Tenant Screening 201: Beyond Finances

2016-10-24

Tenant Screening 201: Beyond Finances

Did you know there is more to the average tenant than just their financial status?

A seriously messy room.We love screening tenants. We have to; we have hundreds of properties in our portfolio and there’s rarely less than 25 on the market at once. We get hundreds of applications, and we screen them all. Of course we use a service to weed out the obvious — if your application comes back with no discernable way that you can pay rent, or with a history of arson offenses, you get a polite rejection. But that’s not even half of our applicants, so how do we filter out the others? By looking beyond just the finances.

What Makes a Great Tenant?
In general, there’s a short list of non-financial, non-job-related attributes that make a tenant great.
• They’re communicative when it comes to relevant matters.
• They keep their space clean.
• They have a healthy respect for the law.

Of course, it’s not always easy to identify people with these qualities. We’d all like to think that we can have a casual conversation with our applicants, ask them a few subtle questions, and have them expose their biases. But people are smarter than that; you have to pay close attention to more than their words.

Start by having someone go out and take a look at their car while you’re interviewing them. If someone’s car looks like bomb went off in it, your rental will look like that, too.

Second, establish that you’re vulnerable. Do something simple but obviously accidental, like fumble your pen or spill a few drops of coffee. Sociologists have proven that this is a fast short-cut to creating trust with someone, and it will put you in a ‘human’ role rather than a ‘person deciding your fate’ role. Then, in conversation, say something that implies you don’t necessarily have a lot of respect for the police, and keep a bland expression on your face no matter how they react.

Finally, ask them if they or someone they know had any run-ins with the law. The chances are ridiculously low that no one they know has had any issues, so if they have nothing to say, they most certainly aren’t the communicative type…and now you’ve established all three points.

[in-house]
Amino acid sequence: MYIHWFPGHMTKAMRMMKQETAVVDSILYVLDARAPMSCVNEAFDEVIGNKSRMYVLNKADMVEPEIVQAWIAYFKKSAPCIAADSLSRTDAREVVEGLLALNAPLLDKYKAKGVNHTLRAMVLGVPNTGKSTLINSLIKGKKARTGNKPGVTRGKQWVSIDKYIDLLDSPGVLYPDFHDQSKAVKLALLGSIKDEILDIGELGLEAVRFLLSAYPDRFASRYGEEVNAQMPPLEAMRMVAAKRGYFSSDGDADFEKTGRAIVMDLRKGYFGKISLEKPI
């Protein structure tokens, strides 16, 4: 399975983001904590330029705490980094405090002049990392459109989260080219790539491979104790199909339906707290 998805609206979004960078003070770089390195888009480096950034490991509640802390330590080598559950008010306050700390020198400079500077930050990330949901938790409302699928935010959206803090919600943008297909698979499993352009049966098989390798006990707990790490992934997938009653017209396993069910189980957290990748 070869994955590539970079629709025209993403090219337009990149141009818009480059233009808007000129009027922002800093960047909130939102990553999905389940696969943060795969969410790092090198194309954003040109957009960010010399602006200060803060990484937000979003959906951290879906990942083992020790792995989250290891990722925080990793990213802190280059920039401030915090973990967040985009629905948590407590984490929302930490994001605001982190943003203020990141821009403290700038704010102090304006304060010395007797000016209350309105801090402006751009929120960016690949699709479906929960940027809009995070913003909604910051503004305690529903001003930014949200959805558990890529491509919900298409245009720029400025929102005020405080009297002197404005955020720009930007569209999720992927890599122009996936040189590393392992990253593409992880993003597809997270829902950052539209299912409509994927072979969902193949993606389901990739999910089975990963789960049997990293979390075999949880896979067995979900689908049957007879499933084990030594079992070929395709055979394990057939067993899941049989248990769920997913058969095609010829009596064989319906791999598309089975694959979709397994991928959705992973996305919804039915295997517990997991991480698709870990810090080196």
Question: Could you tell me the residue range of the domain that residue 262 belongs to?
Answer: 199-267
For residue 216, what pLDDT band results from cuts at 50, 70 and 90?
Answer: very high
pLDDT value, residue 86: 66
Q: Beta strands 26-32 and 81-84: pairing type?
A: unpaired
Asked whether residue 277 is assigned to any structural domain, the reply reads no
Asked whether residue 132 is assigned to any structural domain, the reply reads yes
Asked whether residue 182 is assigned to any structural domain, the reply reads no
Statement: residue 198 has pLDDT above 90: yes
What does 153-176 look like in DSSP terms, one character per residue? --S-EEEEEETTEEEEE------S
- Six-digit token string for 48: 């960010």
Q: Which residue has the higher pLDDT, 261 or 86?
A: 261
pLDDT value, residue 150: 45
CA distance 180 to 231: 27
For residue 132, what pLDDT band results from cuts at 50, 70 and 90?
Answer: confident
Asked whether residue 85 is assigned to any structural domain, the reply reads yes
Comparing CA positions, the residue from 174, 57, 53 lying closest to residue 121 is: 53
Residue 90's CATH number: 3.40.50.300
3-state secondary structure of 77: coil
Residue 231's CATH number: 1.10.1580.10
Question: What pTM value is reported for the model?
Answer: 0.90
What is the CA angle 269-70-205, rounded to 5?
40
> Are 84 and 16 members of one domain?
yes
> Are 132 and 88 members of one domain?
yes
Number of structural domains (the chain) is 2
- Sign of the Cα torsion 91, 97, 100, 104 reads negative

But of course that’s not everything.

Determining Their ‘Stress-Inducement’ Level
The single most important attribute any tenant can have (beyond finance) is their stress-inducement level: the degree to which they will annoy you over the coming months-to-years. Unfortunately, it’s challenging to make hard-and-fast rules regarding something so subjective, but there are some ways to make the call.

Actually, making calls is probably the best way to make this determination. Talking to the applicant’s prior landlords, former and current bosses, and other references can get you a wealth of information, but few people think to ask the simple question, “How often did this person ask you for something?” It’s simple, though: people generally don’t suddenly become the pestering type if they’re generally independent. Anyone who is already in the habit of asking for help on every tiny detail isn’t going to change, either.

And that’s that! Screening tenants beyond their finance situations — finding out what personal traits are going to drive your interactions with them — is a huge step toward avoiding the ones you don’t want to have living in your homes. Enjoy!

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